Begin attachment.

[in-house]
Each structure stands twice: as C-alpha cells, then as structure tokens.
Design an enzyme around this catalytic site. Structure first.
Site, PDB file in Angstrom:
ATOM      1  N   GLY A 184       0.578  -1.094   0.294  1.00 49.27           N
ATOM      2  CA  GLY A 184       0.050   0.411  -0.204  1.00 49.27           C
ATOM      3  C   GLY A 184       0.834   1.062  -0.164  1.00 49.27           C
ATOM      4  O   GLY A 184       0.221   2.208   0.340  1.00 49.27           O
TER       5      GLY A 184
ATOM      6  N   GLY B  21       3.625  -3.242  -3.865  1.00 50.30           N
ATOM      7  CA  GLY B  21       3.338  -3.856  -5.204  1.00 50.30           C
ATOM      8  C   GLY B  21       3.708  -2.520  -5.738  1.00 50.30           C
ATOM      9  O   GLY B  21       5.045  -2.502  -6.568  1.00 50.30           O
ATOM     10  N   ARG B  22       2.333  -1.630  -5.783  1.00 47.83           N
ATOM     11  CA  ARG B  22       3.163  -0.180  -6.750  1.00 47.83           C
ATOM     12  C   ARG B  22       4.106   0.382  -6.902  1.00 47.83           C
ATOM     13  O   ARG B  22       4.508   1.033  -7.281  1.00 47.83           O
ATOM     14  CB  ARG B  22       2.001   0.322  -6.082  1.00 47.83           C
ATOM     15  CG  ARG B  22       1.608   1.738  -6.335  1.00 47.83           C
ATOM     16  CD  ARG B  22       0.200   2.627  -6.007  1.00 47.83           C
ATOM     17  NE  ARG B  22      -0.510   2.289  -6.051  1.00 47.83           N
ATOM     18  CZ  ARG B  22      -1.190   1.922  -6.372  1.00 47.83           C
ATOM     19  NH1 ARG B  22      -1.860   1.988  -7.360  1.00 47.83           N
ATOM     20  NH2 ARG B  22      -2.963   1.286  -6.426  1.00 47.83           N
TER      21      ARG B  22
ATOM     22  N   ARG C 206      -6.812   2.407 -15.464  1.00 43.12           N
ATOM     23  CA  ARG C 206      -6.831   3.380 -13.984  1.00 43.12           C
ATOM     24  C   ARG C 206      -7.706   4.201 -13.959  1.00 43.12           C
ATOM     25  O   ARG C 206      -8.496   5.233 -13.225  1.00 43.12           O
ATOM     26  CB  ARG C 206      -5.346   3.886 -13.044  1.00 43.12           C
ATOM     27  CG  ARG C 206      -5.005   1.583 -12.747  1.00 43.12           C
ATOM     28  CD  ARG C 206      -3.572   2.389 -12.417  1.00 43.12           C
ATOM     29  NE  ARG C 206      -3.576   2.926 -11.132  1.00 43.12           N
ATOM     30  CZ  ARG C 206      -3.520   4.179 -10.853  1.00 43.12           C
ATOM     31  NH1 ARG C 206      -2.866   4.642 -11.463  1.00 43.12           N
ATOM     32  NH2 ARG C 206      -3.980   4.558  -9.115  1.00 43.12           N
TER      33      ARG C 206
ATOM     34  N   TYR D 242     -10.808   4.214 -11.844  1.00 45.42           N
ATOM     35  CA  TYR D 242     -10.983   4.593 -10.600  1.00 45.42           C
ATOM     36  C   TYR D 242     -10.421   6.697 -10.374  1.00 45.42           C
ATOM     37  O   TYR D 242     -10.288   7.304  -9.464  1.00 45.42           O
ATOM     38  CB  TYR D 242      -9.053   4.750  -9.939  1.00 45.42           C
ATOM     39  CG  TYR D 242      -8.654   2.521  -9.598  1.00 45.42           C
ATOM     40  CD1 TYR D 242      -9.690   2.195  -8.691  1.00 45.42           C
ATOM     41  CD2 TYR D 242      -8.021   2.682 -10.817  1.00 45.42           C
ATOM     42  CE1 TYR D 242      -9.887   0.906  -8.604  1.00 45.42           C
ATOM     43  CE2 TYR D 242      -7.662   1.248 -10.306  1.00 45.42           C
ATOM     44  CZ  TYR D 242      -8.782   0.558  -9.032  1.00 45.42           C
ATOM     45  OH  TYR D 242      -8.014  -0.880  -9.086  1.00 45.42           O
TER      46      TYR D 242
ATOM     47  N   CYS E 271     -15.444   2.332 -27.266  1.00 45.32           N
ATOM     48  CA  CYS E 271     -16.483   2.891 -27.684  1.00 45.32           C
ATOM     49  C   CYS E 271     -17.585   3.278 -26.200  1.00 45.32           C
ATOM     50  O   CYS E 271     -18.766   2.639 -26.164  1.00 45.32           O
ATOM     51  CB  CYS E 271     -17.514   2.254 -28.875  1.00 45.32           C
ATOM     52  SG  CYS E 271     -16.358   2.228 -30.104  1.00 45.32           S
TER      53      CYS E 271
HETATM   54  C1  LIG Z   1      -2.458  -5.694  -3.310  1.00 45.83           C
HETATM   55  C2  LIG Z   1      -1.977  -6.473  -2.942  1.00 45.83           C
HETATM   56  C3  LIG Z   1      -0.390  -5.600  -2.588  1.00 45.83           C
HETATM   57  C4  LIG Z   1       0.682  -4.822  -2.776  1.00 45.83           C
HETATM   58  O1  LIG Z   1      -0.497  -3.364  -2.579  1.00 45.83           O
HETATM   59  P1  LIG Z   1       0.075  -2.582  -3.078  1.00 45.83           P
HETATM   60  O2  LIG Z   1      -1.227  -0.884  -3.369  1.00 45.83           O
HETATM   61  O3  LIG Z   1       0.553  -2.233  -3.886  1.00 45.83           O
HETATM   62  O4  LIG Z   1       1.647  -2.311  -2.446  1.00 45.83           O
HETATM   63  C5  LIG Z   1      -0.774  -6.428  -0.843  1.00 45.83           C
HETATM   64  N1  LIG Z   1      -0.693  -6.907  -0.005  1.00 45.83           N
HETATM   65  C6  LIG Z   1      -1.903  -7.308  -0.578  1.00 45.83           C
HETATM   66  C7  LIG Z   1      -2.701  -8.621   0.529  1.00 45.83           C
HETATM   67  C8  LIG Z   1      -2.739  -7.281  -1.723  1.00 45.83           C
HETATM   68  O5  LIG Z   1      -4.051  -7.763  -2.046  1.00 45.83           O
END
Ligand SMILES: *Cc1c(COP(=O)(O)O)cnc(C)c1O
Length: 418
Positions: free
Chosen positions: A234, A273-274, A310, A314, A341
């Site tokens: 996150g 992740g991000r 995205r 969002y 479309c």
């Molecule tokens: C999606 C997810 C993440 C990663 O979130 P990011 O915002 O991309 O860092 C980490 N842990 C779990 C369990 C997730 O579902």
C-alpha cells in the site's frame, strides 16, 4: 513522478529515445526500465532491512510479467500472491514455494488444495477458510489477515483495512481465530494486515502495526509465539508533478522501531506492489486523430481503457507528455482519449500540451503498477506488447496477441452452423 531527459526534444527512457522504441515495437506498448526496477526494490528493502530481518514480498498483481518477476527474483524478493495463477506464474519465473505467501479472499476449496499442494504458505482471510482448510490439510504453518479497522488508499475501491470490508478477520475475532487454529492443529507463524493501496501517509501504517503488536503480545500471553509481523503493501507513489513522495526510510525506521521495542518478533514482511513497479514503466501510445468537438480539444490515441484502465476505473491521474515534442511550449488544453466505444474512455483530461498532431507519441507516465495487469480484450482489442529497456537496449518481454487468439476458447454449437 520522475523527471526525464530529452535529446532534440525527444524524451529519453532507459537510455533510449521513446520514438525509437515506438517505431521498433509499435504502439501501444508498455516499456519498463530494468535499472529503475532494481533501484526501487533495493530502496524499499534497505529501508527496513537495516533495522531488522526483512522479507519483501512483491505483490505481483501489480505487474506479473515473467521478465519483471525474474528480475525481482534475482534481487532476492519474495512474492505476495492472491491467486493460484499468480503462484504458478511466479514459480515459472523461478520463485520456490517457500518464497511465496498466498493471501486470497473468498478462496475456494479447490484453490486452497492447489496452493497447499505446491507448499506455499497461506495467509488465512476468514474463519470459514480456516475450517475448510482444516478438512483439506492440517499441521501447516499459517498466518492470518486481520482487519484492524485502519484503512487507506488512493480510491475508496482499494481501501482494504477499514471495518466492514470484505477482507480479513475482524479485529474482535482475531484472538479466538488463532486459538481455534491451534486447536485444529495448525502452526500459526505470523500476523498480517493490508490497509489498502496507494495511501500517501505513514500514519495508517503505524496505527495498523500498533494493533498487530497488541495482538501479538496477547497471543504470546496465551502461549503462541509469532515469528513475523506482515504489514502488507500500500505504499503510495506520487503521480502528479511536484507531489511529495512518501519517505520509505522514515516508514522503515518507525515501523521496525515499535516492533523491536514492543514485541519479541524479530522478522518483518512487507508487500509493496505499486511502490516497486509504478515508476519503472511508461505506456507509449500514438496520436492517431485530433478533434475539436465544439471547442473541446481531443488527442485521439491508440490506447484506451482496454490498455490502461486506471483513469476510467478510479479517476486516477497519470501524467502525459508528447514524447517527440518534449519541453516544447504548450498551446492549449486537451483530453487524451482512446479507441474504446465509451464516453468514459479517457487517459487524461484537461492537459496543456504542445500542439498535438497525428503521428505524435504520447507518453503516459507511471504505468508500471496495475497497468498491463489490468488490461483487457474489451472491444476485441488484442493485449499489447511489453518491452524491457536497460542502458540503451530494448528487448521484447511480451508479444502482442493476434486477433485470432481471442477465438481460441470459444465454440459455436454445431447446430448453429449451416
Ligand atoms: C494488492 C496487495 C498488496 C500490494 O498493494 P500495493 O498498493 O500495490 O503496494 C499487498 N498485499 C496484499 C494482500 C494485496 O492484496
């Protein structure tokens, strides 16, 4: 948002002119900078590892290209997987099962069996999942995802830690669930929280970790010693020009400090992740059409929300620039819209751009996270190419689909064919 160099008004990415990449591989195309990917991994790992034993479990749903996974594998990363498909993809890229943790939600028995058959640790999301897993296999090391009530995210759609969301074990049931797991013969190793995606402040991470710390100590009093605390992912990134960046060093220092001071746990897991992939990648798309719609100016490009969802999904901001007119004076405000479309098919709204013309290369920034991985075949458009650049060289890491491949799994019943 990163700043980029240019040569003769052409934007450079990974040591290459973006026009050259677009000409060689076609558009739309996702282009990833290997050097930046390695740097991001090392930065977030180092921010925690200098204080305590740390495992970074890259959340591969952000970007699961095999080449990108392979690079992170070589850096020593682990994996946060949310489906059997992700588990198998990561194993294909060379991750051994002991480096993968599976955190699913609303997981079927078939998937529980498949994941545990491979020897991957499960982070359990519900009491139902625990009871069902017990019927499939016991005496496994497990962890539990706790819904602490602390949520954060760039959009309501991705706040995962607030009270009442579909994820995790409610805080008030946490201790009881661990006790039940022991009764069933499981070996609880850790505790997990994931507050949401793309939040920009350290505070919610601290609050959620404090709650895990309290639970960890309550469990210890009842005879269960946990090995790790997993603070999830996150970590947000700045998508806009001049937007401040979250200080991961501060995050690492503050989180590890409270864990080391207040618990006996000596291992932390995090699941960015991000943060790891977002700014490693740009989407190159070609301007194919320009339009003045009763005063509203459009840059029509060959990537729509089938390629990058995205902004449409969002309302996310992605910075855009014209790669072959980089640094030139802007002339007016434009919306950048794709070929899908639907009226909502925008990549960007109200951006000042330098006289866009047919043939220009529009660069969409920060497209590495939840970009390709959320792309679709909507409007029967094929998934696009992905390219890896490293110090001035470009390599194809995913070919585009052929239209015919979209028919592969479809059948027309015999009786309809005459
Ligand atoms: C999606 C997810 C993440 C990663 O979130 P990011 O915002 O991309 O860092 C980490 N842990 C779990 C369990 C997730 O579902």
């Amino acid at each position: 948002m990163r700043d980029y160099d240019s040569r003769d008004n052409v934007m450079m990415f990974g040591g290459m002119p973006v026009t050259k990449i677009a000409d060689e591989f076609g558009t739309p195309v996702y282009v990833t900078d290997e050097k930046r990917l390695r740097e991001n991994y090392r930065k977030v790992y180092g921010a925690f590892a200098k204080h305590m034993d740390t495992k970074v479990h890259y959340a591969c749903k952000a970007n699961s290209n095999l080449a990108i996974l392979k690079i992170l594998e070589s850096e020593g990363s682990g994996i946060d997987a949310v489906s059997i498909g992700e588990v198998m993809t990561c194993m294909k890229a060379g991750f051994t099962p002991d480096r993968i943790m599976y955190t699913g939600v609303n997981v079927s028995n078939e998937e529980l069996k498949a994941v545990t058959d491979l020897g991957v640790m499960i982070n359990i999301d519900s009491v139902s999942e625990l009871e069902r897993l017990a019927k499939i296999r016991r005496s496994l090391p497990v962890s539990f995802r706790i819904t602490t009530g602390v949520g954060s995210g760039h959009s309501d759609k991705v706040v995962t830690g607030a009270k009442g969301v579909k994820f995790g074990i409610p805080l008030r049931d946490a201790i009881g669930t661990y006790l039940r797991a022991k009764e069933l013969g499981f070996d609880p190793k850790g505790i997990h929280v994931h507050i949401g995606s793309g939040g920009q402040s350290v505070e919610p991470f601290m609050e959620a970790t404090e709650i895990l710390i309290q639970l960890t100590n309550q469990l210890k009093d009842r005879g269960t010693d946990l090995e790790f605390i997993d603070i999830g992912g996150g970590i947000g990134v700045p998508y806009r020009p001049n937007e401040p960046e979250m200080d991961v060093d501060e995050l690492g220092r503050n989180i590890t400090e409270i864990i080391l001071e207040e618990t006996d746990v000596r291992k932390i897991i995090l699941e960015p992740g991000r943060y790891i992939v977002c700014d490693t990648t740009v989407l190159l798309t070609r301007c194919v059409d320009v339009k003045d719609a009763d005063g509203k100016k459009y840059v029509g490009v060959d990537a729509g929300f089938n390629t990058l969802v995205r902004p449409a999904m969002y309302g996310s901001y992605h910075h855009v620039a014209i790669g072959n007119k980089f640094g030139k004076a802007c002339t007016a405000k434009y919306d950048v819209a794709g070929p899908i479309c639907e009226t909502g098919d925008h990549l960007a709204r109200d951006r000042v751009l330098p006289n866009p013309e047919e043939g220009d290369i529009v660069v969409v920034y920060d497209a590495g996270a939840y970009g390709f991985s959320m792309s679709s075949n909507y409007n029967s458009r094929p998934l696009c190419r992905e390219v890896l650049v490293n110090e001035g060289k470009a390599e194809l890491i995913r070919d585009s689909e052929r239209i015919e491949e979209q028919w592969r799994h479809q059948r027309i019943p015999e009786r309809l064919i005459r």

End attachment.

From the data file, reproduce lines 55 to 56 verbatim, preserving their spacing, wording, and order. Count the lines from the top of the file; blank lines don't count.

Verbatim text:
ATOM     51  CB  CYS E 271     -17.514   2.254 -28.875  1.00 45.32           C
ATOM     52  SG  CYS E 271     -16.358   2.228 -30.104  1.00 45.32           S